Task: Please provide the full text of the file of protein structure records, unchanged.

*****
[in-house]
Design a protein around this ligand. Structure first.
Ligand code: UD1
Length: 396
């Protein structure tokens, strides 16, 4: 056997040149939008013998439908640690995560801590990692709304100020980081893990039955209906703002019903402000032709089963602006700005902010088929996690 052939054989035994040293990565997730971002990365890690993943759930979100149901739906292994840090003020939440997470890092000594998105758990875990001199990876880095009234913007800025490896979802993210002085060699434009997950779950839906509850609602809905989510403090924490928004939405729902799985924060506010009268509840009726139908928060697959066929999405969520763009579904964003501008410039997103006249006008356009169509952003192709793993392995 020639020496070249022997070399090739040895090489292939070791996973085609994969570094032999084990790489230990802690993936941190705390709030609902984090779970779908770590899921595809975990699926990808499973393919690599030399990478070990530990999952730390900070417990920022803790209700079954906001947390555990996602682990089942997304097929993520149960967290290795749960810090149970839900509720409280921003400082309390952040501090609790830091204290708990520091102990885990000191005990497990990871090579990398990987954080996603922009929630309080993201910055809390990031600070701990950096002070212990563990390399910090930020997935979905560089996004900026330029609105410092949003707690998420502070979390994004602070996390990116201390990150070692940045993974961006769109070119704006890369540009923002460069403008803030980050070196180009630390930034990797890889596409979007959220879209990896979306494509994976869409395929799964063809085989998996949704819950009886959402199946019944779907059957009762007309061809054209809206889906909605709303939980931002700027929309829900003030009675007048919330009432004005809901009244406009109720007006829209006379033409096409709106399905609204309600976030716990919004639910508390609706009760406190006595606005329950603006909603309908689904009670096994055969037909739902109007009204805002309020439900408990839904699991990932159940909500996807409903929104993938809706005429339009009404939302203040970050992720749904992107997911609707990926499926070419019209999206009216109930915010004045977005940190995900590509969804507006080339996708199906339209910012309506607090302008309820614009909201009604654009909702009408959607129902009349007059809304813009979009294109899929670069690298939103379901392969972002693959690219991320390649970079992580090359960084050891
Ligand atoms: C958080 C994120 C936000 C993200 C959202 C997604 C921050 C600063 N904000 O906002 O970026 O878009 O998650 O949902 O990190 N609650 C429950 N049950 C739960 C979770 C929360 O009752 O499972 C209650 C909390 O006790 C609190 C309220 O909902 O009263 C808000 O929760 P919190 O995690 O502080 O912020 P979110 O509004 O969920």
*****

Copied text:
[in-house]
Design a protein around this ligand. Structure first.
Ligand code: UD1
Length: 396
């Protein structure tokens, strides 16, 4: 056997040149939008013998439908640690995560801590990692709304100020980081893990039955209906703002019903402000032709089963602006700005902010088929996690 052939054989035994040293990565997730971002990365890690993943759930979100149901739906292994840090003020939440997470890092000594998105758990875990001199990876880095009234913007800025490896979802993210002085060699434009997950779950839906509850609602809905989510403090924490928004939405729902799985924060506010009268509840009726139908928060697959066929999405969520763009579904964003501008410039997103006249006008356009169509952003192709793993392995 020639020496070249022997070399090739040895090489292939070791996973085609994969570094032999084990790489230990802690993936941190705390709030609902984090779970779908770590899921595809975990699926990808499973393919690599030399990478070990530990999952730390900070417990920022803790209700079954906001947390555990996602682990089942997304097929993520149960967290290795749960810090149970839900509720409280921003400082309390952040501090609790830091204290708990520091102990885990000191005990497990990871090579990398990987954080996603922009929630309080993201910055809390990031600070701990950096002070212990563990390399910090930020997935979905560089996004900026330029609105410092949003707690998420502070979390994004602070996390990116201390990150070692940045993974961006769109070119704006890369540009923002460069403008803030980050070196180009630390930034990797890889596409979007959220879209990896979306494509994976869409395929799964063809085989998996949704819950009886959402199946019944779907059957009762007309061809054209809206889906909605709303939980931002700027929309829900003030009675007048919330009432004005809901009244406009109720007006829209006379033409096409709106399905609204309600976030716990919004639910508390609706009760406190006595606005329950603006909603309908689904009670096994055969037909739902109007009204805002309020439900408990839904699991990932159940909500996807409903929104993938809706005429339009009404939302203040970050992720749904992107997911609707990926499926070419019209999206009216109930915010004045977005940190995900590509969804507006080339996708199906339209910012309506607090302008309820614009909201009604654009909702009408959607129902009349007059809304813009979009294109899929670069690298939103379901392969972002693959690219991320390649970079992580090359960084050891
Ligand atoms: C958080 C994120 C936000 C993200 C959202 C997604 C921050 C600063 N904000 O906002 O970026 O878009 O998650 O949902 O990190 N609650 C429950 N049950 C739960 C979770 C929360 O009752 O499972 C209650 C909390 O006790 C609190 C309220 O909902 O009263 C808000 O929760 P919190 O995690 O502080 O912020 P979110 O509004 O969920």